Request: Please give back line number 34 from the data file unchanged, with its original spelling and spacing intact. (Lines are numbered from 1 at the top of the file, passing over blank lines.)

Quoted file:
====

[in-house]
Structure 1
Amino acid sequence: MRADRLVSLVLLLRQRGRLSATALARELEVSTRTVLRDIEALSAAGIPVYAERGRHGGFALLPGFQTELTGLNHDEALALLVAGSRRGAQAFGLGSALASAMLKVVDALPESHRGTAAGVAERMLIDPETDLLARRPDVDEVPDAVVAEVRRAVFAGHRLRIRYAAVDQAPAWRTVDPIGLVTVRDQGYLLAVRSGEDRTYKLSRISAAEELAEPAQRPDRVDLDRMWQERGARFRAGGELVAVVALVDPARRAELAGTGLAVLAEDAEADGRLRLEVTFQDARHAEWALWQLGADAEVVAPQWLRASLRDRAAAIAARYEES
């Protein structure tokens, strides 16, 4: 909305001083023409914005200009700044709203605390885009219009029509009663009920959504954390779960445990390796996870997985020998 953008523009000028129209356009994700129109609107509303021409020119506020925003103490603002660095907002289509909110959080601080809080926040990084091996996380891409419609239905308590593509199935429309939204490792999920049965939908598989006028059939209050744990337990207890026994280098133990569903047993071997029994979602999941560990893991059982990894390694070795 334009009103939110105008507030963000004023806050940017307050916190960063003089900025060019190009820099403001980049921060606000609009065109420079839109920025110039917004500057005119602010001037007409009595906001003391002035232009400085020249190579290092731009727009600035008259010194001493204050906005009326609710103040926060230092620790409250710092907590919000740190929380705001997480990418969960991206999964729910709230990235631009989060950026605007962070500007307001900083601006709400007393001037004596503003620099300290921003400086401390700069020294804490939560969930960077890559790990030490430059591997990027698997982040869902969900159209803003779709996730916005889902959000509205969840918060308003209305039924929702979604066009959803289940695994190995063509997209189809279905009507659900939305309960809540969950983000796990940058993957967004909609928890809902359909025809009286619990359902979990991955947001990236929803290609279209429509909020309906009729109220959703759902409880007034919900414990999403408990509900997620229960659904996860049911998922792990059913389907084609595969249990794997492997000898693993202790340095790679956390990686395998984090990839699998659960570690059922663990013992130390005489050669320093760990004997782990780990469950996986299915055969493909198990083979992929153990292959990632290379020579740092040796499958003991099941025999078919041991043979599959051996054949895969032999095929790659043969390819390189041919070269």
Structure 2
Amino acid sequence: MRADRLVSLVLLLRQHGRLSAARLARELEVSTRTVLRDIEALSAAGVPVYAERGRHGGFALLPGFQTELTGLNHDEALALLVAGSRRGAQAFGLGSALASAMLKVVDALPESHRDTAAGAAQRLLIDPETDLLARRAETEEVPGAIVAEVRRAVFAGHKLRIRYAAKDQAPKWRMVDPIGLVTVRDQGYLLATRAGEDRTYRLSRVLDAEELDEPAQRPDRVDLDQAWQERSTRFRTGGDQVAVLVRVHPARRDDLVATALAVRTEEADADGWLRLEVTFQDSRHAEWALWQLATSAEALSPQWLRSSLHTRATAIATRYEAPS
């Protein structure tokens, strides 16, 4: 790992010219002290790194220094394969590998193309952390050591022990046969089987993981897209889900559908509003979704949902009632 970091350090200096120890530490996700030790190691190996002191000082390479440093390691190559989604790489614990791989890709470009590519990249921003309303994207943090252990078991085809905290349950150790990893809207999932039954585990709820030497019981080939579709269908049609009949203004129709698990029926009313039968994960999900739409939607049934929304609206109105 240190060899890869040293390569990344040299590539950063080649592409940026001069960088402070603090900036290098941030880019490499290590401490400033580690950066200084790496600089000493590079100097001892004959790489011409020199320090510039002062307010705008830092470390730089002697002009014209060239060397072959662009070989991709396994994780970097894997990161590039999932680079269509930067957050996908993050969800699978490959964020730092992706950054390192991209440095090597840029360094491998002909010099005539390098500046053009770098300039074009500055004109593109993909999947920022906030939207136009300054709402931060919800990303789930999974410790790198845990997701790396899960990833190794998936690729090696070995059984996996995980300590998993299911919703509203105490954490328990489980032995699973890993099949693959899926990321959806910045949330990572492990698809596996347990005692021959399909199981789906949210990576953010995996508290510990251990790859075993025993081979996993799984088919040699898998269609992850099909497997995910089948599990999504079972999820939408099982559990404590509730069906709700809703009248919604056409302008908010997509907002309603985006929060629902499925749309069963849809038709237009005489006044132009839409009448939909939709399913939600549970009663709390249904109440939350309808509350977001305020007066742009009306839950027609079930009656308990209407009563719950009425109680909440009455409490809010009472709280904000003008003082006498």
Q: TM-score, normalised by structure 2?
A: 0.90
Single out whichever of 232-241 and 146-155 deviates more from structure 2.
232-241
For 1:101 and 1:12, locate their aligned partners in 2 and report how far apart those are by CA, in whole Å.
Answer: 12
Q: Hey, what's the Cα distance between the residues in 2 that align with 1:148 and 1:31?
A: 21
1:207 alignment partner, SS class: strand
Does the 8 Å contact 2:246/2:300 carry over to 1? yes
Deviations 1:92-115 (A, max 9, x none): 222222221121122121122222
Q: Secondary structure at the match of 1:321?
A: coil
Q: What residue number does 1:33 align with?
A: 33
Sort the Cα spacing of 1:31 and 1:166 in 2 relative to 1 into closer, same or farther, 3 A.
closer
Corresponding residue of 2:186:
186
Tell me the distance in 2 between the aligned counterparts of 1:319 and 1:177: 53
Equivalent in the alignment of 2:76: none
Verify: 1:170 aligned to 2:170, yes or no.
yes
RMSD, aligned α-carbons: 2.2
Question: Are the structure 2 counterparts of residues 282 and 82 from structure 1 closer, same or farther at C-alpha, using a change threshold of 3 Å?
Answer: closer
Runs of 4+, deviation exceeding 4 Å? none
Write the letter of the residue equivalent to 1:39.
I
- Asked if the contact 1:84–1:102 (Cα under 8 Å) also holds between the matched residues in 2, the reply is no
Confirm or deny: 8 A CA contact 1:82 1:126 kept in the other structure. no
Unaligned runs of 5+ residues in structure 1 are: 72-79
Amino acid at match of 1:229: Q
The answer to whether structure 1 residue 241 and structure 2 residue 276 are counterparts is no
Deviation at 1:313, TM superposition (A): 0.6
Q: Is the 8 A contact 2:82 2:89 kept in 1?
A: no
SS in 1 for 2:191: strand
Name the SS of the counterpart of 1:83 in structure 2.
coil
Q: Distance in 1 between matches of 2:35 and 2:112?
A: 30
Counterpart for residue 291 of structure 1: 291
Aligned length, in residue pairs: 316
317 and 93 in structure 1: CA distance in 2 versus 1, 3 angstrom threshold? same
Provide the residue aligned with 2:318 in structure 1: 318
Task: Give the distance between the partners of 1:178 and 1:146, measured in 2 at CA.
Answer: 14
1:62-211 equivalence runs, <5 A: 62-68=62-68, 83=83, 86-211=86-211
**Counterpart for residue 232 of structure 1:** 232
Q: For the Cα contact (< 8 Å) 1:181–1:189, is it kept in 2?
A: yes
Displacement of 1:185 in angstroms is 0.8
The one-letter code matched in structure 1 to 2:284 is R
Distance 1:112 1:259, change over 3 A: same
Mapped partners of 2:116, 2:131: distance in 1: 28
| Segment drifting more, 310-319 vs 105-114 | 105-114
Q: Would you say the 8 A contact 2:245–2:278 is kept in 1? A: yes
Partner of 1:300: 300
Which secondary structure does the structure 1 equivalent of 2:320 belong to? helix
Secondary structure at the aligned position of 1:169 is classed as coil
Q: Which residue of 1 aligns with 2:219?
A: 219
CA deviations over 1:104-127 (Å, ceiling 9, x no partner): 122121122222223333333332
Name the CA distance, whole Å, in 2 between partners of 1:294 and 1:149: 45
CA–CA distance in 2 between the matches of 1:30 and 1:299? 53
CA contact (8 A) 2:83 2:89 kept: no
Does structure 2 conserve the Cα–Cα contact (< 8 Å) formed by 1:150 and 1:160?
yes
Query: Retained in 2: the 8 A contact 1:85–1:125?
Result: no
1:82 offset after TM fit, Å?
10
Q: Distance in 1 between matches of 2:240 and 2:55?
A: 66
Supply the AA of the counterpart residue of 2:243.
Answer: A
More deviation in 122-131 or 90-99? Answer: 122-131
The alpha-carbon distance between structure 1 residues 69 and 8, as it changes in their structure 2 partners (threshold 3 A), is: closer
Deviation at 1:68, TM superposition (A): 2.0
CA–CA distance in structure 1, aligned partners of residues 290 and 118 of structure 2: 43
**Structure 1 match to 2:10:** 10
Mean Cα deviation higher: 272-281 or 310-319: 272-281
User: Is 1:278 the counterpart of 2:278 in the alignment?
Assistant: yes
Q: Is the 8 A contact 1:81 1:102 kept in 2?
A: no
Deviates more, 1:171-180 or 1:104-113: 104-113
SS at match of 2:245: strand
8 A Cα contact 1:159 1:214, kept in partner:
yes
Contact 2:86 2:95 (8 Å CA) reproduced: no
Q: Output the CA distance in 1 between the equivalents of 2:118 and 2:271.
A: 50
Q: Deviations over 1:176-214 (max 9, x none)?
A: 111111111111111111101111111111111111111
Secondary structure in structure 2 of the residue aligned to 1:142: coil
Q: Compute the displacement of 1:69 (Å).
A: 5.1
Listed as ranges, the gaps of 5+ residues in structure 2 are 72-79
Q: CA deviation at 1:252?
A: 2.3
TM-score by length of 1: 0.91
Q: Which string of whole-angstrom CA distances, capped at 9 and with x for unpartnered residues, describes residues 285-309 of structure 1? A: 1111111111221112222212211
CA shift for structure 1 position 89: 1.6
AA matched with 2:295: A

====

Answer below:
Runs of 4+, deviation exceeding 4 Å? none